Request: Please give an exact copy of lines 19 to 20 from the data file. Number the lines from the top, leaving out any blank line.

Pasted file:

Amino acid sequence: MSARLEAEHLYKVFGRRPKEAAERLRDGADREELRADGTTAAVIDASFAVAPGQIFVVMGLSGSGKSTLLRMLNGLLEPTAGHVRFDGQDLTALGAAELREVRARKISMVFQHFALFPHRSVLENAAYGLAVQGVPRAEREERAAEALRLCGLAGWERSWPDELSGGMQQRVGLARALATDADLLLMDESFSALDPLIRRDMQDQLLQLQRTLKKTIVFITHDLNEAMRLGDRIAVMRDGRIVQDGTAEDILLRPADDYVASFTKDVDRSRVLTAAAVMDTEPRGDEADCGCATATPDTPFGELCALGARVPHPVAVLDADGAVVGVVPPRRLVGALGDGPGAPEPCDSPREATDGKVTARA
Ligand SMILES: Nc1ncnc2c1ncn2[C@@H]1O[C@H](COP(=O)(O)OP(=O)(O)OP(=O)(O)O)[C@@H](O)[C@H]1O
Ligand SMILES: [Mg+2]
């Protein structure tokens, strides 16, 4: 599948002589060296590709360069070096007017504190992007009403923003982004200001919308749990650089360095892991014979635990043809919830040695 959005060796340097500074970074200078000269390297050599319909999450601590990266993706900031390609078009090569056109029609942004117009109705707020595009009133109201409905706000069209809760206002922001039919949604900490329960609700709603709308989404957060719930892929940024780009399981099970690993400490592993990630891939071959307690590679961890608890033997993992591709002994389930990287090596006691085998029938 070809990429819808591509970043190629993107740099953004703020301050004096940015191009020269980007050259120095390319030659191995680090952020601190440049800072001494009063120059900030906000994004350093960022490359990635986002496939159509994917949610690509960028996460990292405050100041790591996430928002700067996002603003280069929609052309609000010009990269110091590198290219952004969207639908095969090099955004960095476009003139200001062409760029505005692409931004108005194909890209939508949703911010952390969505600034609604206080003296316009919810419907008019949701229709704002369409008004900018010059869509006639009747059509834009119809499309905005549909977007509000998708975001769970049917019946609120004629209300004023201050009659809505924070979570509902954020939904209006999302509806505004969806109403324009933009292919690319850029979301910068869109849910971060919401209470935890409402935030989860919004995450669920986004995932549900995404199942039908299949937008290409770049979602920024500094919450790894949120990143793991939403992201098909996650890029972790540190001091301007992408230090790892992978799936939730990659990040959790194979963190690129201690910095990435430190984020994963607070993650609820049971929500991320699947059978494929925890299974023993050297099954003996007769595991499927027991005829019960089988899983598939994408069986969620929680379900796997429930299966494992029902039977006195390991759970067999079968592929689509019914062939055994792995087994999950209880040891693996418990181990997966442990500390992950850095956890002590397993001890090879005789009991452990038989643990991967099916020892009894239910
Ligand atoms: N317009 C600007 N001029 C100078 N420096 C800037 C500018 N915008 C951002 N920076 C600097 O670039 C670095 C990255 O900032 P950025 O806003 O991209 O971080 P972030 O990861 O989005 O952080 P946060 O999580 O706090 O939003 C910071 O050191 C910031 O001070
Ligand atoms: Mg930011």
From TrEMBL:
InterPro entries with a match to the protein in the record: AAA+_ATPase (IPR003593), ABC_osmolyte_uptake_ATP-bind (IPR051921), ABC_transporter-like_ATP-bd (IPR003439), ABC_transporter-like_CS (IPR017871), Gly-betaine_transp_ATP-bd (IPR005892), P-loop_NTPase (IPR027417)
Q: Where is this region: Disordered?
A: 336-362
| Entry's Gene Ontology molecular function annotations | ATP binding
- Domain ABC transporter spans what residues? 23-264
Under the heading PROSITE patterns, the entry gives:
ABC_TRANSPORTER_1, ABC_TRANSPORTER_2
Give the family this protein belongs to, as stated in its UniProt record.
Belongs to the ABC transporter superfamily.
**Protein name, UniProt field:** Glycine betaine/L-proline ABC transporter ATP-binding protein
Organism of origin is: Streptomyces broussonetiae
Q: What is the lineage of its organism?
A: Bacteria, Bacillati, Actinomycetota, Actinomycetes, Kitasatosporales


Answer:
Q: What is the lineage of its organism?
A: Bacteria, Bacillati, Actinomycetota, Actinomycetes, Kitasatosporales